Of course the sudden discovery of the happy word or phrase is often final too—& may be final despite any conscious judgement or decision.  Toward the end of my poem “Stinger” the line occurs:


I live in the same light my legs walk through.


I think it’s one of my best lines.  I have no idea what it means.  None at all.


Sometimes the right thing to say is a false thing.  In “Palette 25” I describe the Monastery of Christ in the Desert, where I spent some time in the ’70s, & say that there was a


real chance of a rattler under your cot—


One or two guests had indeed experienced rattlesnakes getting into their cells, but the mattresses in the guest building were on shelves of shaped stucco protruding from the walls, there were no “cots.”  I put the cot in because the poem’s pace didn’t warrant slowing down here to help the reader visualize the actual beds.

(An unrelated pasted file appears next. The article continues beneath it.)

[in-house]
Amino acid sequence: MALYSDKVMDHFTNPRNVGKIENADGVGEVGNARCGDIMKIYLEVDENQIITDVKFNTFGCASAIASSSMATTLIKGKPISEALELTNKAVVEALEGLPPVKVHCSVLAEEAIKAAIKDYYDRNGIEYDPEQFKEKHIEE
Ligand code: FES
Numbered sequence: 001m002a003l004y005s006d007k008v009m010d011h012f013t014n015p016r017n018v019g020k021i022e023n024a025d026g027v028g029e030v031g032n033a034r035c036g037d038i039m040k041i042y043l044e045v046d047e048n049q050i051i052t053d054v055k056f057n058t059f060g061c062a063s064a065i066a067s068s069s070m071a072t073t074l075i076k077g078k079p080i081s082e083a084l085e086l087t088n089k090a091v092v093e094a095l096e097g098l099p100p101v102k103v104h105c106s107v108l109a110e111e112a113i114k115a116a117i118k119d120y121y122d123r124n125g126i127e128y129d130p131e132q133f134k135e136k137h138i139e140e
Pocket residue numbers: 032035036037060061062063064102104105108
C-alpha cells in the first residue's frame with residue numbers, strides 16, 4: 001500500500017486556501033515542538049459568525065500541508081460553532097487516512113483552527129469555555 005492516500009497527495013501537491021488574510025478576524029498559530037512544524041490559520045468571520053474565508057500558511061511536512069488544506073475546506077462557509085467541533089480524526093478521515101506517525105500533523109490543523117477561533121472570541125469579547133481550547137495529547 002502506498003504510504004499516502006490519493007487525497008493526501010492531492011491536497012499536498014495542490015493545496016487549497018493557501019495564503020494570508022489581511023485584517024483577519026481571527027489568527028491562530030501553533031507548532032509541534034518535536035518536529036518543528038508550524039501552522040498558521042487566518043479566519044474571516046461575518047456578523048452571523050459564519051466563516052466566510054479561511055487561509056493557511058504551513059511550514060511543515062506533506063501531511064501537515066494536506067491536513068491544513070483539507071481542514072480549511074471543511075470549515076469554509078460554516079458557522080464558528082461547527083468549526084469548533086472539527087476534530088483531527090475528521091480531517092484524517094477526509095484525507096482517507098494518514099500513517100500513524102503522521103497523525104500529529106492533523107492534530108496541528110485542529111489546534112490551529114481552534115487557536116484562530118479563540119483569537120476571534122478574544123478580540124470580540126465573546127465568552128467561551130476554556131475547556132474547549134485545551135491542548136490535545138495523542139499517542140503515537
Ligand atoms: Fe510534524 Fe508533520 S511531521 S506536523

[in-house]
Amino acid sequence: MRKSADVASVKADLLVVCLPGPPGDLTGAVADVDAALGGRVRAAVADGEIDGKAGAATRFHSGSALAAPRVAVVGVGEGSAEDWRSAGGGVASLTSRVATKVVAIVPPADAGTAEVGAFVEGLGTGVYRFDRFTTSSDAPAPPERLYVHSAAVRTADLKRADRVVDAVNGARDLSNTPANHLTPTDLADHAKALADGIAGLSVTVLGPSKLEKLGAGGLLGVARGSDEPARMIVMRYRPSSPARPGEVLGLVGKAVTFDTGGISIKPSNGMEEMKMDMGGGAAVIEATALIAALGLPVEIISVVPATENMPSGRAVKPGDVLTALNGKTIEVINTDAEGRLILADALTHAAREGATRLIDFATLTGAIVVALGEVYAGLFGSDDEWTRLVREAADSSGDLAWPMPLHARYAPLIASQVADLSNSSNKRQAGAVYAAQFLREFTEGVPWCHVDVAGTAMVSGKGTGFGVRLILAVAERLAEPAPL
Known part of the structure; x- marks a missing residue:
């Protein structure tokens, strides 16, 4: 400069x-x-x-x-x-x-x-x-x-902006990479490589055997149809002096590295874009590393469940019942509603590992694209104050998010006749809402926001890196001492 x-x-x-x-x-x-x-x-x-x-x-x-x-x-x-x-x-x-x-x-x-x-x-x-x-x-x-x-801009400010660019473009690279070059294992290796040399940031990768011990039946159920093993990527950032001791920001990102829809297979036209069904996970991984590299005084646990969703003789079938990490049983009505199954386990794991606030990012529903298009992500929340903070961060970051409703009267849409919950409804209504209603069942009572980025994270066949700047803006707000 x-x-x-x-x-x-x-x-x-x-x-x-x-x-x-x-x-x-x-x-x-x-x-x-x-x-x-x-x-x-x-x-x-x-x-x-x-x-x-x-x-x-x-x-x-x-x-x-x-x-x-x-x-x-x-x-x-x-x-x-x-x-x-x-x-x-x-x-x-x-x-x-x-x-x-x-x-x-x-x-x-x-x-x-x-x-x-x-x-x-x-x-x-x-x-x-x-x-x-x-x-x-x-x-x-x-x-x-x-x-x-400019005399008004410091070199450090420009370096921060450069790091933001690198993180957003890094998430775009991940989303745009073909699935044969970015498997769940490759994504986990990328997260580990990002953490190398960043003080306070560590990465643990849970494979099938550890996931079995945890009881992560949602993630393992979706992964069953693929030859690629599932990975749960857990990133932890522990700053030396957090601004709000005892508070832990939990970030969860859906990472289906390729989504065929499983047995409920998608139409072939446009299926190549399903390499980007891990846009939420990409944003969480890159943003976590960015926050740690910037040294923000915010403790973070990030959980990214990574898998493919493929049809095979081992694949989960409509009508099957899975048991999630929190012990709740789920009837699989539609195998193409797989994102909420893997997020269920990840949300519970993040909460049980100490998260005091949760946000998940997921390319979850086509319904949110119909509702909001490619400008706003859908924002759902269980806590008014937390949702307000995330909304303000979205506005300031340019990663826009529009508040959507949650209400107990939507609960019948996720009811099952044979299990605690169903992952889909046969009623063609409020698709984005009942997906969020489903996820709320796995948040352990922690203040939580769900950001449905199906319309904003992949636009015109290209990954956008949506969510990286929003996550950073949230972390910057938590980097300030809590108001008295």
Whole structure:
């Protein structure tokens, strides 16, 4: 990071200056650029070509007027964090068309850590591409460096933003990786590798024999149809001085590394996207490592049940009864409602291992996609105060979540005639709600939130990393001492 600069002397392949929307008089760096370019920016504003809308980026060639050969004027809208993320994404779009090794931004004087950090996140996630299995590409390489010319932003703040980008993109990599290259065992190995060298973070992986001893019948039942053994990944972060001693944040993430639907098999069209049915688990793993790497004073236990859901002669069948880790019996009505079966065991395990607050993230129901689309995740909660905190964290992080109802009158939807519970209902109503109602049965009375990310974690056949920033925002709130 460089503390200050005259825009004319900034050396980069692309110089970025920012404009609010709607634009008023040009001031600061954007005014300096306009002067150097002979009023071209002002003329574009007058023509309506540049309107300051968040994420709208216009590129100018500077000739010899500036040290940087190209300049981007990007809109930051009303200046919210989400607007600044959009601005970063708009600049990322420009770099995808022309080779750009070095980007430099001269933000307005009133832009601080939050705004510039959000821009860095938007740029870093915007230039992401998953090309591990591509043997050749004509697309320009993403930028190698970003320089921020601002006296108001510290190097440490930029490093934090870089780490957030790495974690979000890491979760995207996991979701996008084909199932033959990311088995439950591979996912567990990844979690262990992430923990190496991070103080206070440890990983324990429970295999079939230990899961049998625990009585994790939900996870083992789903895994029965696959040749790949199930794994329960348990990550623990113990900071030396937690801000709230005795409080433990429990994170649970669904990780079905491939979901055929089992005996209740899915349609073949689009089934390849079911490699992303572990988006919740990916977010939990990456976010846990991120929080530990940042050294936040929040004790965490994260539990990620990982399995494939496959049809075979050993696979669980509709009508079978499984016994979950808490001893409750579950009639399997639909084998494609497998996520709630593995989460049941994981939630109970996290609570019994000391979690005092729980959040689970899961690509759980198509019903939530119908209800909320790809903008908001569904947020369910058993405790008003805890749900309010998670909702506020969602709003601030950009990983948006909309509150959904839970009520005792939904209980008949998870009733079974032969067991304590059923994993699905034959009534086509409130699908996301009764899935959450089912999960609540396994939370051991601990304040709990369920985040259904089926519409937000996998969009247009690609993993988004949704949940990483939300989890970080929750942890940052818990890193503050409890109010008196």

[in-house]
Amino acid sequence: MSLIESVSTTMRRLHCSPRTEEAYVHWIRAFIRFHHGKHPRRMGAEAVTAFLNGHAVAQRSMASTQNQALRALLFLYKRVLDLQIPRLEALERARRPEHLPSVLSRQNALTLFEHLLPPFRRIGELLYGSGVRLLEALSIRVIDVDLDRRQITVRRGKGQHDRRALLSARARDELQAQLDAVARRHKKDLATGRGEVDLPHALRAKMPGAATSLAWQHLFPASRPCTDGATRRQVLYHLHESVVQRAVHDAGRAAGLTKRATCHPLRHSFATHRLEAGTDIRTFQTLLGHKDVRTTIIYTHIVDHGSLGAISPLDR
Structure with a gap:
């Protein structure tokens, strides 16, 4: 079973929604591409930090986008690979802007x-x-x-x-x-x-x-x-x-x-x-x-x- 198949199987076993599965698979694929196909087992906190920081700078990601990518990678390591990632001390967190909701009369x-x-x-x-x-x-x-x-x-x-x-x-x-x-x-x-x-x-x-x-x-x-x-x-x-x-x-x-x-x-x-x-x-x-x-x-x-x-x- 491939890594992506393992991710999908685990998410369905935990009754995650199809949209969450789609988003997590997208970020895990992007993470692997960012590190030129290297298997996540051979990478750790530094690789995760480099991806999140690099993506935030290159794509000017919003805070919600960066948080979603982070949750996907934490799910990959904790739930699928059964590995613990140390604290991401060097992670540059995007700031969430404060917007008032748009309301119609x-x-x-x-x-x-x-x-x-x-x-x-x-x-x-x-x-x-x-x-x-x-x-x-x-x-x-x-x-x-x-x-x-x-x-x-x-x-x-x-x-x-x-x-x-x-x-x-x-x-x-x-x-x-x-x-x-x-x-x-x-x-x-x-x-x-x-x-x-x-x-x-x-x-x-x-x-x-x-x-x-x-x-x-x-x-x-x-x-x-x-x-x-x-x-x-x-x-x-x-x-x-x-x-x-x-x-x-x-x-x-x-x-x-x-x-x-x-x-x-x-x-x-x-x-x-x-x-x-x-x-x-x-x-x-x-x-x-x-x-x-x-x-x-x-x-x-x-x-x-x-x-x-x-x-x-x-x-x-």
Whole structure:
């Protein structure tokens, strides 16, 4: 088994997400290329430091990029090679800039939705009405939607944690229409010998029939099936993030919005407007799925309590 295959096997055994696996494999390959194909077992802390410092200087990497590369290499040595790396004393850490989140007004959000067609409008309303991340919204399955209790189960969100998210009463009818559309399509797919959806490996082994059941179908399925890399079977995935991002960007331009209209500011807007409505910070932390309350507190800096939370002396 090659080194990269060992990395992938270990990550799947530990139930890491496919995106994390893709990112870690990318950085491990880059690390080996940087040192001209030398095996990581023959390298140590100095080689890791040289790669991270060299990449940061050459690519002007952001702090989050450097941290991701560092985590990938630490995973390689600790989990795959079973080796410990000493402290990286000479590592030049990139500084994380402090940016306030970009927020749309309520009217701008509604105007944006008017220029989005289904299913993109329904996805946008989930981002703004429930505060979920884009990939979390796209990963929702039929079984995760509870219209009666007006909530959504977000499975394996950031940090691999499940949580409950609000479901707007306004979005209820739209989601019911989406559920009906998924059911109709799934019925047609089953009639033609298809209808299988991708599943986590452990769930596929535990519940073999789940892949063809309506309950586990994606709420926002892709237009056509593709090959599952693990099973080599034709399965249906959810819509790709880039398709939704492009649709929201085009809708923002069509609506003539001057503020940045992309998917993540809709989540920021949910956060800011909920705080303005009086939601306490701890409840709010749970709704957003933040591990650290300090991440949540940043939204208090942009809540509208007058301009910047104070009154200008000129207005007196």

People assume that autobiographical poetry is nonfiction.  It rarely is, or rarely completely.  A good example (& an example of several points I’ve made above) is my poem “Stampede,” written in early 2010.  I’d been seeing stories in supermarket tabloids of an elephant stampede in Africa that had become popular on YouTube.  I thought I’d start with that & then suddenly shift gears, just out of perversity:


So I see the elephants got it together

for one last try to run us off the planet

and then we weren’t anywhere they thought we’d be.

What do they do?  Stop charging

in some random place, and when the dust boils off

stare around at each other, still snuffing

and tossing heads?

It was the same thing,

the same, the morning she said she was leaving.